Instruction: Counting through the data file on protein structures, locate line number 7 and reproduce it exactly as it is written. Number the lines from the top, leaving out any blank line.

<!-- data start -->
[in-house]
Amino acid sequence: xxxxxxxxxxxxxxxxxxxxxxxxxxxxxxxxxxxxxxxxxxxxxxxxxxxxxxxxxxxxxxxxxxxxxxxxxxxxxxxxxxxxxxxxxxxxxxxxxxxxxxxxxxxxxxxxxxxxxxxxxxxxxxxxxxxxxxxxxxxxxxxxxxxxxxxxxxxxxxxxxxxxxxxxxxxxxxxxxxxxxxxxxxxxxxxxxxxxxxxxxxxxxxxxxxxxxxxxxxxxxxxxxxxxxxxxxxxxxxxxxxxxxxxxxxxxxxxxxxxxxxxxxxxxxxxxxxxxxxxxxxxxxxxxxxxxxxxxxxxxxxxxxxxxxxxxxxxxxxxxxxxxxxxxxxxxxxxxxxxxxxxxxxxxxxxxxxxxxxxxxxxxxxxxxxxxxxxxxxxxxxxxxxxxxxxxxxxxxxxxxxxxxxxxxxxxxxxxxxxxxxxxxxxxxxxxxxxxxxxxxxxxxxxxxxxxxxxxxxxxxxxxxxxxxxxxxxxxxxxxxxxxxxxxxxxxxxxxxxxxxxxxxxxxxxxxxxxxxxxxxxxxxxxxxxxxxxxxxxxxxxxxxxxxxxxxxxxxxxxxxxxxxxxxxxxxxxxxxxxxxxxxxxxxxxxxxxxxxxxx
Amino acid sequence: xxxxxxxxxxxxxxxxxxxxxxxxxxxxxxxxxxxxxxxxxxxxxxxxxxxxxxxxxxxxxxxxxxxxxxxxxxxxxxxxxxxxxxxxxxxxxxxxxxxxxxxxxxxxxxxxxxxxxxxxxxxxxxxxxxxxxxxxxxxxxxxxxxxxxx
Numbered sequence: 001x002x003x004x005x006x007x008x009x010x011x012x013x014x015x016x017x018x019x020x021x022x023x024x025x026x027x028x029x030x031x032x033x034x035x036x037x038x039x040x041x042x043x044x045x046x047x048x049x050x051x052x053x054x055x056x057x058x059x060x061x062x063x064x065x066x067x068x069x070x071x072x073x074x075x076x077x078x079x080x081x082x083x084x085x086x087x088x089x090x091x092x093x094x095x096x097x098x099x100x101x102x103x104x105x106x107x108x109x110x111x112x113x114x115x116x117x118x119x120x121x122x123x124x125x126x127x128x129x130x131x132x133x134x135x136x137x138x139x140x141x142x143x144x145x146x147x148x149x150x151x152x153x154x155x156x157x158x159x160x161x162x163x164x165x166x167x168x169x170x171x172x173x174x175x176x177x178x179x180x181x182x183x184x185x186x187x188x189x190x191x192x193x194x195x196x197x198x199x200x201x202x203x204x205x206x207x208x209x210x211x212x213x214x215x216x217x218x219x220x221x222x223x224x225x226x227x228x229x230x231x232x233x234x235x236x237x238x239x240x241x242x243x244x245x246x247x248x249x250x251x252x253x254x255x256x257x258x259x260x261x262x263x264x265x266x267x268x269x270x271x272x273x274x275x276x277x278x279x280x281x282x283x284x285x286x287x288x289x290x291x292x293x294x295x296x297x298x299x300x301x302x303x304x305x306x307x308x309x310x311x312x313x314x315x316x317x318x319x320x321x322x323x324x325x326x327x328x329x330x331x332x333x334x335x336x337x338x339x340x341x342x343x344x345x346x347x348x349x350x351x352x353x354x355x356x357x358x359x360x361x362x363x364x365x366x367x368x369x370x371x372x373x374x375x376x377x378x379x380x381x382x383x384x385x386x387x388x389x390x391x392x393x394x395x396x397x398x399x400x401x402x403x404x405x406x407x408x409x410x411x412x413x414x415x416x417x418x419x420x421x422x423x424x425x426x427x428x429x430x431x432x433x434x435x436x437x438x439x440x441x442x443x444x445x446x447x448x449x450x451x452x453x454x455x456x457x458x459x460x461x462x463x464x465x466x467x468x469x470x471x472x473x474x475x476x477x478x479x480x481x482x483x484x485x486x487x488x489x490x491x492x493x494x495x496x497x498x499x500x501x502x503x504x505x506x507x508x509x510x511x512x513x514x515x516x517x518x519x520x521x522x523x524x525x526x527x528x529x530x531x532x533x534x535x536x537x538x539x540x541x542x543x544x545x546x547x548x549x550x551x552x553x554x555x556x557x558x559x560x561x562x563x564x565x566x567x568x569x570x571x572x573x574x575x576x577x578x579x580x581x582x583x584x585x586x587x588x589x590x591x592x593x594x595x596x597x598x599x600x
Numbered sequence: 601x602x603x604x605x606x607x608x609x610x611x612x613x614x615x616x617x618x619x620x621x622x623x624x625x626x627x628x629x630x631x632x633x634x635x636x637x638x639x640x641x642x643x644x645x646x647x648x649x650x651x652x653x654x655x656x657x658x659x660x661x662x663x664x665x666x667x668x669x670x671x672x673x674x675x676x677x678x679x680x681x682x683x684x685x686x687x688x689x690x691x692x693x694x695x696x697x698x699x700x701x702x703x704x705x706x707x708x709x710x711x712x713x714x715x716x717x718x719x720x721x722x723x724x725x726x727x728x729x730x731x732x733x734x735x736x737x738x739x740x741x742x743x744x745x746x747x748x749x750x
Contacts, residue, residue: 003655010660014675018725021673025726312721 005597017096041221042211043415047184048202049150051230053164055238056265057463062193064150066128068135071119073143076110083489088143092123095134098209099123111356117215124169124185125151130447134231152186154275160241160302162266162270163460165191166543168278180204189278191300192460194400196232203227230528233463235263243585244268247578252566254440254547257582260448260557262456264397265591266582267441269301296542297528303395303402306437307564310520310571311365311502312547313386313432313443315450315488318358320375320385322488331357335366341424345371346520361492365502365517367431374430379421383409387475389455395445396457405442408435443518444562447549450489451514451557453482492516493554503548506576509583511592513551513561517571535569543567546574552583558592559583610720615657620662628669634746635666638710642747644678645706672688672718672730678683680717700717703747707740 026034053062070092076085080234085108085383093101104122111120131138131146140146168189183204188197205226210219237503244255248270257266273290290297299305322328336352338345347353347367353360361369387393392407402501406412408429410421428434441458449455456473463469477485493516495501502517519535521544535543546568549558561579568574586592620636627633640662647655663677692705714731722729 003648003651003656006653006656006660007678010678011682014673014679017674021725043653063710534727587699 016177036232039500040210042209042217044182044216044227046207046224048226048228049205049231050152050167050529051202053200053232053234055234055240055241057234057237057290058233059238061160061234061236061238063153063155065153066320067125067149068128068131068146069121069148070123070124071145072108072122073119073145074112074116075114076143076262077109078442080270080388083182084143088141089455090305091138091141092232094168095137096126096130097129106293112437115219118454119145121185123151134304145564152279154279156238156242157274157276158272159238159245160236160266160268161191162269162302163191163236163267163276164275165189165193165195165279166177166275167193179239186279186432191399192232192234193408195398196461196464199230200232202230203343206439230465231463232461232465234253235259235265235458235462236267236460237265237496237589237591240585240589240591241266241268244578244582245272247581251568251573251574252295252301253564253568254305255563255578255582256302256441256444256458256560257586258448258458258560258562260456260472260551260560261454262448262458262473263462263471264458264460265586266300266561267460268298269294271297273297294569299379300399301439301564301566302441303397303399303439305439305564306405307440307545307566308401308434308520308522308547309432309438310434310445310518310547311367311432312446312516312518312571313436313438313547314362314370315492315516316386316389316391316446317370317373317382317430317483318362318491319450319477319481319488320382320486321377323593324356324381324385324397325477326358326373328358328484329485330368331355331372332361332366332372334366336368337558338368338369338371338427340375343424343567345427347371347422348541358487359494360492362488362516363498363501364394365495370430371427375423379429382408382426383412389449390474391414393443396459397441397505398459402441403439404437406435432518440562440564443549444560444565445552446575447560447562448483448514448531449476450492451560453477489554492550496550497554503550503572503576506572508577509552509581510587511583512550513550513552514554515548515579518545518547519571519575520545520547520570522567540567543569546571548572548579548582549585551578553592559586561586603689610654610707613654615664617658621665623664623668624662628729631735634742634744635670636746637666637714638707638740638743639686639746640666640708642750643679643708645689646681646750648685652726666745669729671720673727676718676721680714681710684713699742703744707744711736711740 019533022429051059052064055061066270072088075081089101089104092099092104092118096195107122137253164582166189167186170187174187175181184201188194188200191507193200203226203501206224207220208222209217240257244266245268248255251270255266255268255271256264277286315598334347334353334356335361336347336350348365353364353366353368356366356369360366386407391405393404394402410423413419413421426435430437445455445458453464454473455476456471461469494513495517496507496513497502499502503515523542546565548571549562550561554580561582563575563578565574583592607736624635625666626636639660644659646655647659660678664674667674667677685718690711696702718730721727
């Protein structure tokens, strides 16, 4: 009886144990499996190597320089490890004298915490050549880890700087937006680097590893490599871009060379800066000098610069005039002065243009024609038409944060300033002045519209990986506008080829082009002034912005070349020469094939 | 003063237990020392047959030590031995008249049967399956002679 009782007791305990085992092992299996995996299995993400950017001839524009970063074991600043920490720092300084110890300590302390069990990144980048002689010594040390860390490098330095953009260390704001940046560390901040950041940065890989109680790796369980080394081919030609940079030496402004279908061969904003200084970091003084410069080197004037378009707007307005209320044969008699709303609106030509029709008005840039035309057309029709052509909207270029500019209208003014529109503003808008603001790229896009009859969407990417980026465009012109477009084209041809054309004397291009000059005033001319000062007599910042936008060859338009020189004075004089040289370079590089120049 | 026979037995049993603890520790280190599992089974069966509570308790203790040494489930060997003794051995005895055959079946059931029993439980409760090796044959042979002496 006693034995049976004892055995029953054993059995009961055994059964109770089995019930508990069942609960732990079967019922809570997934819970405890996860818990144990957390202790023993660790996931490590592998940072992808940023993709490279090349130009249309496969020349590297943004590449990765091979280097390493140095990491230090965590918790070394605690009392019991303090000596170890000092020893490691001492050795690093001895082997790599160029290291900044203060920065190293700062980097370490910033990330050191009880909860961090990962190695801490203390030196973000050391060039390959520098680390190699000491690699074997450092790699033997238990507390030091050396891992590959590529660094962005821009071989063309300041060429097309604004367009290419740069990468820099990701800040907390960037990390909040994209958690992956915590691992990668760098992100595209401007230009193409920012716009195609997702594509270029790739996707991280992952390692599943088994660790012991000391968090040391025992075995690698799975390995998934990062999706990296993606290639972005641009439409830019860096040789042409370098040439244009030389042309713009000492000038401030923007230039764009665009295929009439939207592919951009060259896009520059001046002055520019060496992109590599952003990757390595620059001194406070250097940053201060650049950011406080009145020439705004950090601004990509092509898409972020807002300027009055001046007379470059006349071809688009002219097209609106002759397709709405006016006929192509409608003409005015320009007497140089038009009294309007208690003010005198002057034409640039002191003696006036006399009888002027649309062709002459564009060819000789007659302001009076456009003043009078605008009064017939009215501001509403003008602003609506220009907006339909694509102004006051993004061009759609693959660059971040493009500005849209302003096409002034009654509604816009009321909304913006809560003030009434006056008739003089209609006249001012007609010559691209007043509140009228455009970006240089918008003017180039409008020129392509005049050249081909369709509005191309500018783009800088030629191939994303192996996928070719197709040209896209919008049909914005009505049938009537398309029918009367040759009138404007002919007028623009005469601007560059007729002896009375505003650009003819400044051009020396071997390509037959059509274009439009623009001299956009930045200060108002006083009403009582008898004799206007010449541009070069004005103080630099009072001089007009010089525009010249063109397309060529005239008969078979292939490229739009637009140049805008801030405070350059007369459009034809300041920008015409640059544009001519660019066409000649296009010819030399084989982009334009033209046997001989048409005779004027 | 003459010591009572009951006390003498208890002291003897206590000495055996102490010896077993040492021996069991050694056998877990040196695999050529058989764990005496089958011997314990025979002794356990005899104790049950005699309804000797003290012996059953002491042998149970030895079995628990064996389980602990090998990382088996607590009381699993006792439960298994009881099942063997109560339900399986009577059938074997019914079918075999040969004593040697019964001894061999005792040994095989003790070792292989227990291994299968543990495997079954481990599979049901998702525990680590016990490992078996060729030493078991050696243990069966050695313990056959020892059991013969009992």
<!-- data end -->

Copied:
């Protein structure tokens, strides 16, 4: 009886144990499996190597320089490890004298915490050549880890700087937006680097590893490599871009060379800066000098610069005039002065243009024609038409944060300033002045519209990986506008080829082009002034912005070349020469094939 | 003063237990020392047959030590031995008249049967399956002679 009782007791305990085992092992299996995996299995993400950017001839524009970063074991600043920490720092300084110890300590302390069990990144980048002689010594040390860390490098330095953009260390704001940046560390901040950041940065890989109680790796369980080394081919030609940079030496402004279908061969904003200084970091003084410069080197004037378009707007307005209320044969008699709303609106030509029709008005840039035309057309029709052509909207270029500019209208003014529109503003808008603001790229896009009859969407990417980026465009012109477009084209041809054309004397291009000059005033001319000062007599910042936008060859338009020189004075004089040289370079590089120049 | 026979037995049993603890520790280190599992089974069966509570308790203790040494489930060997003794051995005895055959079946059931029993439980409760090796044959042979002496 006693034995049976004892055995029953054993059995009961055994059964109770089995019930508990069942609960732990079967019922809570997934819970405890996860818990144990957390202790023993660790996931490590592998940072992808940023993709490279090349130009249309496969020349590297943004590449990765091979280097390493140095990491230090965590918790070394605690009392019991303090000596170890000092020893490691001492050795690093001895082997790599160029290291900044203060920065190293700062980097370490910033990330050191009880909860961090990962190695801490203390030196973000050391060039390959520098680390190699000491690699074997450092790699033997238990507390030091050396891992590959590529660094962005821009071989063309300041060429097309604004367009290419740069990468820099990701800040907390960037990390909040994209958690992956915590691992990668760098992100595209401007230009193409920012716009195609997702594509270029790739996707991280992952390692599943088994660790012991000391968090040391025992075995690698799975390995998934990062999706990296993606290639972005641009439409830019860096040789042409370098040439244009030389042309713009000492000038401030923007230039764009665009295929009439939207592919951009060259896009520059001046002055520019060496992109590599952003990757390595620059001194406070250097940053201060650049950011406080009145020439705004950090601004990509092509898409972020807002300027009055001046007379470059006349071809688009002219097209609106002759397709709405006016006929192509409608003409005015320009007497140089038009009294309007208690003010005198002057034409640039002191003696006036006399009888002027649309062709002459564009060819000789007659302001009076456009003043009078605008009064017939009215501001509403003008602003609506220009907006339909694509102004006051993004061009759609693959660059971040493009500005849209302003096409002034009654509604816009009321909304913006809560003030009434006056008739003089209609006249001012007609010559691209007043509140009228455009970006240089918008003017180039409008020129392509005049050249081909369709509005191309500018783009800088030629191939994303192996996928070719197709040209896209919008049909914005009505049938009537398309029918009367040759009138404007002919007028623009005469601007560059007729002896009375505003650009003819400044051009020396071997390509037959059509274009439009623009001299956009930045200060108002006083009403009582008898004799206007010449541009070069004005103080630099009072001089007009010089525009010249063109397309060529005239008969078979292939490229739009637009140049805008801030405070350059007369459009034809300041920008015409640059544009001519660019066409000649296009010819030399084989982009334009033209046997001989048409005779004027 | 003459010591009572009951006390003498208890002291003897206590000495055996102490010896077993040492021996069991050694056998877990040196695999050529058989764990005496089958011997314990025979002794356990005899104790049950005699309804000797003290012996059953002491042998149970030895079995628990064996389980602990090998990382088996607590009381699993006792439960298994009881099942063997109560339900399986009577059938074997019914079918075999040969004593040697019964001894061999005792040994095989003790070792292989227990291994299968543990495997079954481990599979049901998702525990680590016990490992078996060729030493078991050696243990069966050695313990056959020892059991013969009992």